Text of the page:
May 06, 2020
The following recommendations must be adapted to the developmental age of the patient:
Ask whether the patient has ever seen a doctor on a phone or computer. If the patient has not used telehealth, it may be helpful to refer to common lay technology (i.e. Facetime, Skype, or Zoom) and explain key differences.
Let patients know why telehealth is being used. For example, "mental health clinicians are using technology to meet with patients during the COVID-19 outbreak so that everyone can stay as healthy as possible," or "I am using this so I don't have to use a face mask to see you today."
Communicate to patients that the session is happening in "real time," if needed. You may demonstrate this by commenting on the patient's gestures, or what they are wearing, saying that "everything you can see about me, I can see about you. For instance, you are wearing..." and "you just..." Children in particular seem to enjoy this exercise and proof that they are being seen.
Discuss security, if needed. For example, teens might understand the concept of encrypted technology, which is the HIPAA (Health Information Portability and Accountability Act) standard. If younger children express any concerns about who else can hear or see them, it can be described as having an "electronic tunnel from the camera where the clinician is sitting to the one where the patient is sitting." Additional information regarding technological specifications should be available if requested. Some patients appreciate being reassured that the session is not "on the internet" in the sense that it can neither be openly viewed nor will it be placed online.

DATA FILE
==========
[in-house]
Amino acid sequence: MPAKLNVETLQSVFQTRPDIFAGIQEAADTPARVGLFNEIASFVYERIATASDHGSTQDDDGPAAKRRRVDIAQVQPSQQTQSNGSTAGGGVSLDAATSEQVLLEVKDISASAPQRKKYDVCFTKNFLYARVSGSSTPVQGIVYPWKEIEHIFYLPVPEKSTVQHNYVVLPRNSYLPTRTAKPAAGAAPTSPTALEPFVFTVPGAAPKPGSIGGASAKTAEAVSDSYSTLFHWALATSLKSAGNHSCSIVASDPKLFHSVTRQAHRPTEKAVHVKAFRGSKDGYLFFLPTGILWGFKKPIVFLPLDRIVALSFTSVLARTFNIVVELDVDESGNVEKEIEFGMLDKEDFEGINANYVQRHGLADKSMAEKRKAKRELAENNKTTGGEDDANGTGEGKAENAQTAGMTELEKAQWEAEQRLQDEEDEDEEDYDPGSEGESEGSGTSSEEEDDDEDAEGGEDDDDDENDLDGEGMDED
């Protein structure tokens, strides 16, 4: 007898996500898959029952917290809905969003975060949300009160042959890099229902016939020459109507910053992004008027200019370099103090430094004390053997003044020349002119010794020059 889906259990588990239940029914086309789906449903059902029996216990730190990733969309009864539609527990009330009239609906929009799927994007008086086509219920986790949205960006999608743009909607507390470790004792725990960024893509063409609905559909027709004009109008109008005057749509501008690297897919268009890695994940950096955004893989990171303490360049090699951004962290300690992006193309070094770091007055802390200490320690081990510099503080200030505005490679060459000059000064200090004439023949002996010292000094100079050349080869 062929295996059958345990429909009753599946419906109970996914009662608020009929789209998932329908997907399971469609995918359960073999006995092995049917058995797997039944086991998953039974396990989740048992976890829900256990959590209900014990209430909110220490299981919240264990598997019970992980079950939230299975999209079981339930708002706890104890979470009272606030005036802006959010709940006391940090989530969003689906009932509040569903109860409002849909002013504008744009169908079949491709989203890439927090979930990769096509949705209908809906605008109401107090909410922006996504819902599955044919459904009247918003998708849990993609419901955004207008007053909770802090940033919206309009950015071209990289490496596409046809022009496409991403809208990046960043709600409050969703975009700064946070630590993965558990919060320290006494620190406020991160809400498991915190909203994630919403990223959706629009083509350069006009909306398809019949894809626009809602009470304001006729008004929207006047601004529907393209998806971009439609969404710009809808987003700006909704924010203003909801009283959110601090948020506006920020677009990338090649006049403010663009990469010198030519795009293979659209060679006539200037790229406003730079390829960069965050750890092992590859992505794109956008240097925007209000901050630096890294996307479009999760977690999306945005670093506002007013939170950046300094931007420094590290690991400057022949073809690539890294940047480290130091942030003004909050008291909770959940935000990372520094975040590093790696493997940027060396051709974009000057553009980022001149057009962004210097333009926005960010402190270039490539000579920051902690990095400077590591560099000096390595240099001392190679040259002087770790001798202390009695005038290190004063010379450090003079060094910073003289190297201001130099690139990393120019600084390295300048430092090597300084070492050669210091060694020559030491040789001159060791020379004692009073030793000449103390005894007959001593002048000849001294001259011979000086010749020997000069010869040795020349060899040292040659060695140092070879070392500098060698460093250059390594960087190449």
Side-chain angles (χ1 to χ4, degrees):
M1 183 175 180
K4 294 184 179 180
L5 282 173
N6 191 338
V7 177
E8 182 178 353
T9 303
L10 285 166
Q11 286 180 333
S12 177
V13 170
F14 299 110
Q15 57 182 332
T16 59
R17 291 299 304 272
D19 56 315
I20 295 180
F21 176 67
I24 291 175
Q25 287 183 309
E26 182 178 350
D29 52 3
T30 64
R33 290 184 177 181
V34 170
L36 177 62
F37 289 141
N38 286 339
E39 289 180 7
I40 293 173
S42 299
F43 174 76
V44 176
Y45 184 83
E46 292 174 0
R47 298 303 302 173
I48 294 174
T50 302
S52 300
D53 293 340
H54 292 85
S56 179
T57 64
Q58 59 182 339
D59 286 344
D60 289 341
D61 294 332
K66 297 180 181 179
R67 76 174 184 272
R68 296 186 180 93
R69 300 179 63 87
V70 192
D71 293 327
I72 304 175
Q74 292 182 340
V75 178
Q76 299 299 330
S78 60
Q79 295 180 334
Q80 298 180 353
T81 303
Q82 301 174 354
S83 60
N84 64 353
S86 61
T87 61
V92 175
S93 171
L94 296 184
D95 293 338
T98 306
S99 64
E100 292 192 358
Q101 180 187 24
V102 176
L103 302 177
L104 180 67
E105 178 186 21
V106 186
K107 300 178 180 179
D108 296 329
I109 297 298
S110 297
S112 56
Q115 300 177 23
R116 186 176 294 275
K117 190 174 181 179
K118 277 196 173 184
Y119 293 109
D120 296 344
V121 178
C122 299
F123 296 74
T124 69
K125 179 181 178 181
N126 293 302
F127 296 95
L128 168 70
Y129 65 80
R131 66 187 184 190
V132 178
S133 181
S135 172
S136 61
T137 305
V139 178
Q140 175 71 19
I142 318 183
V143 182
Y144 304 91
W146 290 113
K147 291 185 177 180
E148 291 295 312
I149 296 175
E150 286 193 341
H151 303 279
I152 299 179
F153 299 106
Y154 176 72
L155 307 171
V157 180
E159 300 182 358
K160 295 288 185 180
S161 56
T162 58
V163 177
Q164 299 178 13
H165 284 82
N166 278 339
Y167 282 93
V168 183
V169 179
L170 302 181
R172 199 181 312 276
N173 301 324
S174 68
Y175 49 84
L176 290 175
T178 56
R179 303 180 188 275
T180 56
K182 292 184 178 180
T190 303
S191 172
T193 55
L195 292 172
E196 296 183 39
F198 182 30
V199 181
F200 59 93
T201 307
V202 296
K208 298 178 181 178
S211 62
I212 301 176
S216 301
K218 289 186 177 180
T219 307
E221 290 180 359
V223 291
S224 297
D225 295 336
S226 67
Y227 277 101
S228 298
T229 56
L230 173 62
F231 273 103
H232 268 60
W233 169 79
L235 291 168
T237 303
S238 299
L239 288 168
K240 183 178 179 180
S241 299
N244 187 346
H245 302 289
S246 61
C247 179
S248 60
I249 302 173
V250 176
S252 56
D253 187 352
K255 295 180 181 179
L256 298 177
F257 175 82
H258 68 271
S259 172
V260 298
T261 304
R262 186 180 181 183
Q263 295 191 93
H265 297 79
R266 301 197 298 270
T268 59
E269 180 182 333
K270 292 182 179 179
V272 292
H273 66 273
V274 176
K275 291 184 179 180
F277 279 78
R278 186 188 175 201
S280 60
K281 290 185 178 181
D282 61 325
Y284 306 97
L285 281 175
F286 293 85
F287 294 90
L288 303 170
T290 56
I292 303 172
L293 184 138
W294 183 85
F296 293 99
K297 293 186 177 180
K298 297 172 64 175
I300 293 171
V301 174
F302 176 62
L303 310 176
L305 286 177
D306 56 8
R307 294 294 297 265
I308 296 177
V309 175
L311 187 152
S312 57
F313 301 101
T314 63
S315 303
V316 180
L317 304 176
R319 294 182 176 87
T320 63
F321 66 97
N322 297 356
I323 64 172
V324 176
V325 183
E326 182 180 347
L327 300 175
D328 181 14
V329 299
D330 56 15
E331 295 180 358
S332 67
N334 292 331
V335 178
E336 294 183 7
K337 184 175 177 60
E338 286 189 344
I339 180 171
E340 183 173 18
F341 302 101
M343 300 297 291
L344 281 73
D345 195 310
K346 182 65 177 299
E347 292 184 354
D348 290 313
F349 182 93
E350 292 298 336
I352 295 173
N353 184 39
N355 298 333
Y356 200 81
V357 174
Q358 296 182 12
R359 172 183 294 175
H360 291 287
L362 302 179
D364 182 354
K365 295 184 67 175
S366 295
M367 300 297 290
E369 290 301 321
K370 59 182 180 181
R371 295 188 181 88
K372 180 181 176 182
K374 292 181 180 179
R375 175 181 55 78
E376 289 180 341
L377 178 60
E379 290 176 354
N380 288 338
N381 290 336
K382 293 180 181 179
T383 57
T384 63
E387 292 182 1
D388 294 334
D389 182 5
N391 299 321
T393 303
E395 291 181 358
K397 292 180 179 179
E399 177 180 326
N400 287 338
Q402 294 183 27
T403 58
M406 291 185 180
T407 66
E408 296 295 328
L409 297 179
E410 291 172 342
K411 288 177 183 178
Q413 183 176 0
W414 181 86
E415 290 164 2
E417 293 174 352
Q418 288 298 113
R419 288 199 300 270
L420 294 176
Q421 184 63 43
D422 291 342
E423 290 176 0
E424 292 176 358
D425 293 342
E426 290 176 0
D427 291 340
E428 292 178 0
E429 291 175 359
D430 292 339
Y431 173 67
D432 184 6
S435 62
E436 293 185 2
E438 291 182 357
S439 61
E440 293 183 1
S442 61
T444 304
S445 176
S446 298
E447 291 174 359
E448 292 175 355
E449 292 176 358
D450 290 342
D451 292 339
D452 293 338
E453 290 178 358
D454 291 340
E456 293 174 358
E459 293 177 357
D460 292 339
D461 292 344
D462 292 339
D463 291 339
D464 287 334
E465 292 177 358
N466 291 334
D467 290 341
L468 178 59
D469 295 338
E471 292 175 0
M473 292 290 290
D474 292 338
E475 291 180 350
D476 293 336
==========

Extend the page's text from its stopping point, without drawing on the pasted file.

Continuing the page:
It is important to inform patients if a session is being recorded. If you want to record a session, then you must obtain explicit consent from the patient. Teen patients who are recorded may appreciate information about what recorded information may be shared with their parent (e.g. substance use, sexual activity, etc.). As appropriate, provide information about mandatory disclosures. If sessions are being recorded solely for supervision purposes, this may also be shared with the family so as to diffuse any worry about loss of privacy.
Establish a visual context of where you are sitting. Ask patients if they would like to see your office. Using the camera's zoom and pan features or manually moving your device, you can give patients a virtual tour of your workspace to assure them that no one else is present and to provide context to the clinical setting. After the tour, let the patient know that the camera will be zoomed in so that the patient can see your facial expressions.
Discuss any technical difficulties noticed immediately as they arise during the introduction. For instance, if there is a slight lag in audio that makes it seem as if you and patient are talking over each other, you can suggest adding a small pause after each statement. Socialize youth to the videoconferencing system, and highlight that it might take time to acclimate to the technology and ‘‘not talk over each other.'
Give patients an opportunity to ask questions before starting the session. This may be especially helpful to younger and older patients who are not as comfortable with electronic media.